Those that managed to hit above the mark, he said, relied on discount rates to sell rooms.
“That’s just something you have to do to bring in the business,” he said.
Still, with the improving United States economy, the hotelier is hopeful for the future. “I’m personally encouraged. By what we see, it’s coming up and is encouraging. Up is better than down, so I’m very encouraged that next year will see it up again,” he said.
Increased marine traffic is also driving business to some VG resorts.
Nick Willis, co-manager of Leverick Bay Resort, said that this season he had to add two new employees to handle additional boats at the resort’s docks.
“The boat traffic has doubled, and it’s so much better than last year,” he said.
Mr. Willis hopes that with the Leverick Bay Poker Run starting tomorrow, the increase in traffic and business will continue. More than 200 boats are expected this year for the event’s tenth anniversary, he said.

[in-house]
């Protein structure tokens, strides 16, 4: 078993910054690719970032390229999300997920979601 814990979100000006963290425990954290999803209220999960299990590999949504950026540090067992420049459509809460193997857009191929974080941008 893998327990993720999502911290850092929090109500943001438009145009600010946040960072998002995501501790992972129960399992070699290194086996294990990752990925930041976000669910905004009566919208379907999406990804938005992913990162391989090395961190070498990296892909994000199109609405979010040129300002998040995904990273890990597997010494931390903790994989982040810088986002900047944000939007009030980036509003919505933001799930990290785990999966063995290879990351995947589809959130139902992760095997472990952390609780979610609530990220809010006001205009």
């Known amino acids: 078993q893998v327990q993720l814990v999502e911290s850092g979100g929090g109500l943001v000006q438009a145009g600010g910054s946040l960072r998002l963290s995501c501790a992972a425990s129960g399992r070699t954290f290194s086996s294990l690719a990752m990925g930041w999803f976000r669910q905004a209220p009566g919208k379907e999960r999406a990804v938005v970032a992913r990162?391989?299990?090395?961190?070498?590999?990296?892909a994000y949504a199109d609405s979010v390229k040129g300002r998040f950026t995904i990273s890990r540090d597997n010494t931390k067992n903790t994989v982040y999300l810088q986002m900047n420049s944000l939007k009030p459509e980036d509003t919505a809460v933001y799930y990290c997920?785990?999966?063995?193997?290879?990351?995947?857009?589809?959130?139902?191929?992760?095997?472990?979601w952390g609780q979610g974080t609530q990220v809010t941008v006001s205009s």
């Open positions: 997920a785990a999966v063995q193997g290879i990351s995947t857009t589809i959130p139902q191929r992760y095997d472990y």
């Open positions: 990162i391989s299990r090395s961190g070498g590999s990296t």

While resorts have had varying degrees of success, several yacht charter companies are upbeat about the season that just ended.
Dick Schoonover, of the company CharterPort, said the crewed yacht charter business typically operates on the US calendar, with Thanksgiving to Easter as the busy season. This season started out as “okay” for the industry, he said. Then it got better.
“It got to January and then became a successful year, I think,” Mr. Schoonover said, attributing that success to winter weather in the territory’s traditional markets. “The more it snows, the better we look, and in North America, England, France, Germany, it was snowing to beat the band in January to the point where we were booking summer season charters in January for people who just got fed up with it all.”